Sport Man > Outdoors > Twenty20 cricket and the rise of India Date posted: March 28, 2013

Twenty20 cricket and the
rise of India

India Cricket

The story of the rise of the T20 short game cricket format is also the story of the rise of India as a world force.

Cricket was brought to the sub-continent by the ruling English. However, today the gentile, white-clad pass time of the Imperial upper-crust, is completely unrecognisable as the Indian Premier League has become the symbol of a modern and dynamic India, complete with the ostentatious aesthetic so loved by the Indian public.

Once upon a time, cricket was a reserved and stuffy game with limitless overs, games could potentially go on for days, the action was slow and it was more for participants than spectators. The beauty of the game of course, is that all you need to play it is a plank of wood and a rubber ball and this was one of the reasons why India took the game to her very ample bosom and in millions alleys and on pieces of dirt all over the country, Indian kids bowled and batted and dreamed of representing their country one day in international cricket.

T20-crricket-and-the-rise-of-indiaYoung boys play cricket on a piece of dirt in India a scene that is repeated up and down the subcontinent  

As the game moved on, the 50-over format or one day international, came into play, which with its limited play-time allowed for the bigger televised tournaments and the World Cup started in 1975. India won the tournament in 1981 which was a great source of pride, for the first time India was the best in the world at something. The growth of the sport premised a growth in economic outlook for India, when in the early nineties, the country began to open up to outside economic influences. Gone was the self-reliant India of mystery and darkness and the new economy began to invite the world’s multinationals.

India was now presenting itself as a land of opportunity with a powerful per capita spending power and a huge emerging middle class and multinational corporations were keen to tap the market. There were two ways to do this. The first was the Bollywood film industry, the second was the burgeoning sports world (cricket) and especially the newly created T20 (20 overs) format.

India was cricket mad, and the creation of the IPL or the Indian Premier League was a marketing man’s dream. For the first time Indians had a cricket team to support that wasn’t the national team and franchises for local cities such as New Delhi, Bangalore, Jaipur and Mumbai became the nation’s gold rush as film stars and entrepreneurs scrambled to become the new owners of these clubs. The focus for Indian cricket was now, for the first time, local and allowed the ordinary Indian to take pride in supporting their hometown team. India’s huge population, which was once considered a big problem had now become the sport’s greatest asset as the fan base of cricket supporters simply knew no bounds.

 T20-crricket-and-the-rise-of-india-boysOnly Bollywood can rival cricket for the passion with which Indian people support it.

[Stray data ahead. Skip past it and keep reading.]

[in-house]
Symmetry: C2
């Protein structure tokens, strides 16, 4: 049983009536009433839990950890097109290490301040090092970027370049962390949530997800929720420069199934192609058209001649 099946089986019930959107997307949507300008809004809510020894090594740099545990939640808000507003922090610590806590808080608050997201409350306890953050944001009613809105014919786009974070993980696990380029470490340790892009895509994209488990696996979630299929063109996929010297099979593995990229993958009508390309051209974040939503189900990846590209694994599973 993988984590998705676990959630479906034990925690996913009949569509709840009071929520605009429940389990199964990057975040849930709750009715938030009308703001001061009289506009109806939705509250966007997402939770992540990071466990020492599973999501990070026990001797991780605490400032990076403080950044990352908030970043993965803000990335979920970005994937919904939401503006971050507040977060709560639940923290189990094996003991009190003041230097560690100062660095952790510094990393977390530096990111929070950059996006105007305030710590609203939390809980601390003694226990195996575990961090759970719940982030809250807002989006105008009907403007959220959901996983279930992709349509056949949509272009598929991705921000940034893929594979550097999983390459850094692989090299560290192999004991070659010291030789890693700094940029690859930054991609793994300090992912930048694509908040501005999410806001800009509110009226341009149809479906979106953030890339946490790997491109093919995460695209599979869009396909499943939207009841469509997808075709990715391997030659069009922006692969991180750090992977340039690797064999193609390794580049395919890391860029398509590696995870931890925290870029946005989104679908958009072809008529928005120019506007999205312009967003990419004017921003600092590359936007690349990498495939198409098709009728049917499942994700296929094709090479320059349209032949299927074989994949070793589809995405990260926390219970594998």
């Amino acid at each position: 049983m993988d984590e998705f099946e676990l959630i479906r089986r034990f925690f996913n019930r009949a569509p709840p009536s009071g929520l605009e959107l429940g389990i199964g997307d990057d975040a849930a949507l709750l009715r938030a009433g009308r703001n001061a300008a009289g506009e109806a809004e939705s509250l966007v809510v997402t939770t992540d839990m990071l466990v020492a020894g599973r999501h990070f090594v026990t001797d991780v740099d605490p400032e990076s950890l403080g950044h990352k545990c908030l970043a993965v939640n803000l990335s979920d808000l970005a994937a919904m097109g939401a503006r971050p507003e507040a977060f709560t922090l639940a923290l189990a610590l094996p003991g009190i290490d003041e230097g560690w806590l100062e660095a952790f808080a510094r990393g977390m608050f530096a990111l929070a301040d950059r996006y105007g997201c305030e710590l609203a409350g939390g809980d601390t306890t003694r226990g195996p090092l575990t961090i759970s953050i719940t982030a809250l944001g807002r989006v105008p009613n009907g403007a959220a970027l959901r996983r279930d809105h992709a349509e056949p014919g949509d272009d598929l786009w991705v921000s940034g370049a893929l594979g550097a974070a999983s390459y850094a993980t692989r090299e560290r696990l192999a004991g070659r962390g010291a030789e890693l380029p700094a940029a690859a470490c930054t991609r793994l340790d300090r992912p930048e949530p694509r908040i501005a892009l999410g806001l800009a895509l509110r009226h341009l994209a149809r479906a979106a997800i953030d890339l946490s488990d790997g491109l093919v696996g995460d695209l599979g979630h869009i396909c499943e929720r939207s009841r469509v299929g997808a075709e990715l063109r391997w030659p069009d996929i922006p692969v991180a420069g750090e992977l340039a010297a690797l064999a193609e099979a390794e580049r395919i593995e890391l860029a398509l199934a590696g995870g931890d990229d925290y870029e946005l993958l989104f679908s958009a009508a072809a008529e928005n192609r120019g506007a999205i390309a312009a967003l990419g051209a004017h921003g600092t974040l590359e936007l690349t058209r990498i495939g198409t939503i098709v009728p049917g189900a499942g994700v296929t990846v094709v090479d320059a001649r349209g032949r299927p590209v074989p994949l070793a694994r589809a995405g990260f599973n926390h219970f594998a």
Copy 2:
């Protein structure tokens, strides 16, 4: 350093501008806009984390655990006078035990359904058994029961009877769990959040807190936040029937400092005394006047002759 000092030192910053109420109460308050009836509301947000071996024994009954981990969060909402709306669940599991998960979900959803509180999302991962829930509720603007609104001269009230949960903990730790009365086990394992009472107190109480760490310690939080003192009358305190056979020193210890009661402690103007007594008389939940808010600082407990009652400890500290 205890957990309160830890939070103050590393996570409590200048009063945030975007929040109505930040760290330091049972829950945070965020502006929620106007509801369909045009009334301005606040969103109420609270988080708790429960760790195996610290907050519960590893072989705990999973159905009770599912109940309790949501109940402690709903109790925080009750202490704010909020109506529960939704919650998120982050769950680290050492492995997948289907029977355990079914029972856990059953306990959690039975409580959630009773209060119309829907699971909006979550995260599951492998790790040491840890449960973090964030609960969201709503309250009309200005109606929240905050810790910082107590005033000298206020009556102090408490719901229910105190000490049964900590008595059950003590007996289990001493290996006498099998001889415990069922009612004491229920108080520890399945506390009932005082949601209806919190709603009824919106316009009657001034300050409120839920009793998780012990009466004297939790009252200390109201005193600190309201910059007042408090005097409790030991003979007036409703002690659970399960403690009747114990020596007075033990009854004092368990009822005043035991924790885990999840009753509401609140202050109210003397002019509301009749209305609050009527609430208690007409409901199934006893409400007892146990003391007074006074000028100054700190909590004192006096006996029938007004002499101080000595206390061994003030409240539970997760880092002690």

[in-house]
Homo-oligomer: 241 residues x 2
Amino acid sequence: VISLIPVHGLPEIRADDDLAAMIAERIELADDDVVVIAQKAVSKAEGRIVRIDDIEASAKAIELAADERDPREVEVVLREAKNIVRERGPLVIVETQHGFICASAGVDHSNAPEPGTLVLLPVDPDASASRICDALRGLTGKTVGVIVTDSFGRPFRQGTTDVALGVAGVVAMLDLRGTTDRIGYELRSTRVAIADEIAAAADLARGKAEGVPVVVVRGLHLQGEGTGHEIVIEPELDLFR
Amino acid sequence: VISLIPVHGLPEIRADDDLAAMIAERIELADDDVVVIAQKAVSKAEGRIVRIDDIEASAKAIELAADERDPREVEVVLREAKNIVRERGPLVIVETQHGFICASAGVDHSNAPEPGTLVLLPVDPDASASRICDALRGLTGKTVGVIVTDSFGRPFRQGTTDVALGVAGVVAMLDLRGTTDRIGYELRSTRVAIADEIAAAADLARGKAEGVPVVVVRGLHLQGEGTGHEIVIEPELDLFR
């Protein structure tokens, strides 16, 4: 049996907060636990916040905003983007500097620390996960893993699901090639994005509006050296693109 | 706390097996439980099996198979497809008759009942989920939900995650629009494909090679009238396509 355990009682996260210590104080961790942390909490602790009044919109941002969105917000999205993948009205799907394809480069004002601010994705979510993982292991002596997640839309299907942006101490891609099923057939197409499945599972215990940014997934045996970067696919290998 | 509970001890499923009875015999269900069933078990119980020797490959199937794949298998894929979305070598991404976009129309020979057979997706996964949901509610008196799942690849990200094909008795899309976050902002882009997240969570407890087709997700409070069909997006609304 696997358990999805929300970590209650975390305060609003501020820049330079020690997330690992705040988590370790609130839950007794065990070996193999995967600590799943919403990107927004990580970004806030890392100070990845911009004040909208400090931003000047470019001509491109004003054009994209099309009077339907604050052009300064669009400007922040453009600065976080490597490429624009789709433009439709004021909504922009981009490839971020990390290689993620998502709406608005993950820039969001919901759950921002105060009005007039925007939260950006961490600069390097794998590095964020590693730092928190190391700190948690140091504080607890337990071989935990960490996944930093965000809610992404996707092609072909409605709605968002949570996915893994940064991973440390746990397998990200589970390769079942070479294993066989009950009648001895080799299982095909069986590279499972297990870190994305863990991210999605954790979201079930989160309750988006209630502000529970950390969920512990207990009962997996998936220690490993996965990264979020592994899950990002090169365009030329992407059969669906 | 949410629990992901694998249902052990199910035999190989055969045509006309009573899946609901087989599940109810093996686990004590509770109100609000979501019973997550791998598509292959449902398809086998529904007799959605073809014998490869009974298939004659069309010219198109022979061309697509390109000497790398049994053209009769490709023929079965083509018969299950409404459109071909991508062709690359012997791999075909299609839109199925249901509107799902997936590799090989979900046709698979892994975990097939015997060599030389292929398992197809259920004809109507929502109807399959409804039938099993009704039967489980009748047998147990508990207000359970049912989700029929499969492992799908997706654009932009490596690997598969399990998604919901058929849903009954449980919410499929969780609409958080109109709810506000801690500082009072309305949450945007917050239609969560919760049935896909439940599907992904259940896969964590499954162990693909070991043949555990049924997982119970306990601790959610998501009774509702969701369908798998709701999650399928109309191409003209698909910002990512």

Before even a single ball had been thrown in the new IPL, it was announced that a consortium consisting of Sony’s India Television Entertainment network and Singapore-based World Sport Group had secured a ten-year broadcasting rights deal at the cost of $1.6 billion. The game was awash with money and the world’s best players were brought in for phenomenal sums on short-term contracts, making them better paid than some of the wealthiest footballers. Andrew Flintoff became the game’s highest paid player when Chennai Super Kings paid $1.5 million for only six weeks of cricket.

One aspect of the competition that is uniquely Indian and is not repeated in professional sports in any other country is the annual player auction. Players are ‘sold’ at auction to the highest bidding team. This year ahead of the 2013 season the IPL player auction was conducted with 37 out of 108 players were sold and the nine franchises spent $11.89 million during the event.

 T20-crricket-and-the-rise-of-indiaPreity Zinta, Bollywood movie star and co-owner of Kings XI Punjab IPL cricket team

As this is India, nothing is straight forward, and despite the amazing growth of the competition, the fifth season was beset with controversy. A small number of players were allegedly involved in a spot fixing scandal, yet the quality of the product didn’t suffer. A much more competitive season saw 14 matches produce results in the last over and a couple with the last ball.

The next stage for Indian cricket is how to grow and export the game abroad. While the third season saw a dramatic rise in interest from the UK, viewing figures showed the IPL overtake Rugby League, which proved interest was not limited to the Indian diaspora and the quality of the cricket itself was high enough to attract the English cricket fan.

Of course, the new frontier in all sports markets is China, it remains to be seen if India can indeed package the game of cricket in a way that the Chinese would find attractive. China is the Holy Grail for any sport looking to grow its market and Indian cricket would have to compete with football, which is already well established, golf and tennis. Without Olympic funding they could struggle to get a foothold in sport’s biggest untapped market.

Photo Credits:

Cover by Rupert Conant 

Inside photos: Parallelozero 

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